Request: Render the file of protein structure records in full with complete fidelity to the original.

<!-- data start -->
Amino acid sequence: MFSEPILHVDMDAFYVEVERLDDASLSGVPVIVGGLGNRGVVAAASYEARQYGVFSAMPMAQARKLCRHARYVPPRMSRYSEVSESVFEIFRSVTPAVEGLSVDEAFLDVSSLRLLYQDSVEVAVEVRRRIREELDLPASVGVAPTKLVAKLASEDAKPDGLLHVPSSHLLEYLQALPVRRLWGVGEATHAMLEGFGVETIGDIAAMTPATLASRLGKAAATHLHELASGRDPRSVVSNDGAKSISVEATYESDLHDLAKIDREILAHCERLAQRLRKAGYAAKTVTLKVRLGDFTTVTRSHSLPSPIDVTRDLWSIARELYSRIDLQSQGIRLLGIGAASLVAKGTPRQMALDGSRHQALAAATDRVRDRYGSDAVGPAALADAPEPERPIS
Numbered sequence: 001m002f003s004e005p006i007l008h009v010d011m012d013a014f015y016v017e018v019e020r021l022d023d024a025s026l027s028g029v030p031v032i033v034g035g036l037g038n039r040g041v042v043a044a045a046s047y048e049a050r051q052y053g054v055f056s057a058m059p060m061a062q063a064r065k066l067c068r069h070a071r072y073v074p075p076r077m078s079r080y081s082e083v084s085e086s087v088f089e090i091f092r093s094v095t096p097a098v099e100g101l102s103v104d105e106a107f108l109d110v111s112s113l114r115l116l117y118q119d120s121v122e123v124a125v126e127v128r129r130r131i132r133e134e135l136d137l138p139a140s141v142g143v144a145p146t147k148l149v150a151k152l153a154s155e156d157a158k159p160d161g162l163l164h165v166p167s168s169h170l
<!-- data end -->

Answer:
Amino acid sequence: MFSEPILHVDMDAFYVEVERLDDASLSGVPVIVGGLGNRGVVAAASYEARQYGVFSAMPMAQARKLCRHARYVPPRMSRYSEVSESVFEIFRSVTPAVEGLSVDEAFLDVSSLRLLYQDSVEVAVEVRRRIREELDLPASVGVAPTKLVAKLASEDAKPDGLLHVPSSHLLEYLQALPVRRLWGVGEATHAMLEGFGVETIGDIAAMTPATLASRLGKAAATHLHELASGRDPRSVVSNDGAKSISVEATYESDLHDLAKIDREILAHCERLAQRLRKAGYAAKTVTLKVRLGDFTTVTRSHSLPSPIDVTRDLWSIARELYSRIDLQSQGIRLLGIGAASLVAKGTPRQMALDGSRHQALAAATDRVRDRYGSDAVGPAALADAPEPERPIS
Numbered sequence: 001m002f003s004e005p006i007l008h009v010d011m012d013a014f015y016v017e018v019e020r021l022d023d024a025s026l027s028g029v030p031v032i033v034g035g036l037g038n039r040g041v042v043a044a045a046s047y048e049a050r051q052y053g054v055f056s057a058m059p060m061a062q063a064r065k066l067c068r069h070a071r072y073v074p075p076r077m078s079r080y081s082e083v084s085e086s087v088f089e090i091f092r093s094v095t096p097a098v099e100g101l102s103v104d105e106a107f108l109d110v111s112s113l114r115l116l117y118q119d120s121v122e123v124a125v126e127v128r129r130r131i132r133e134e135l136d137l138p139a140s141v142g143v144a145p146t147k148l149v150a151k152l153a154s155e156d157a158k159p160d161g162l163l164h165v166p167s168s169h170l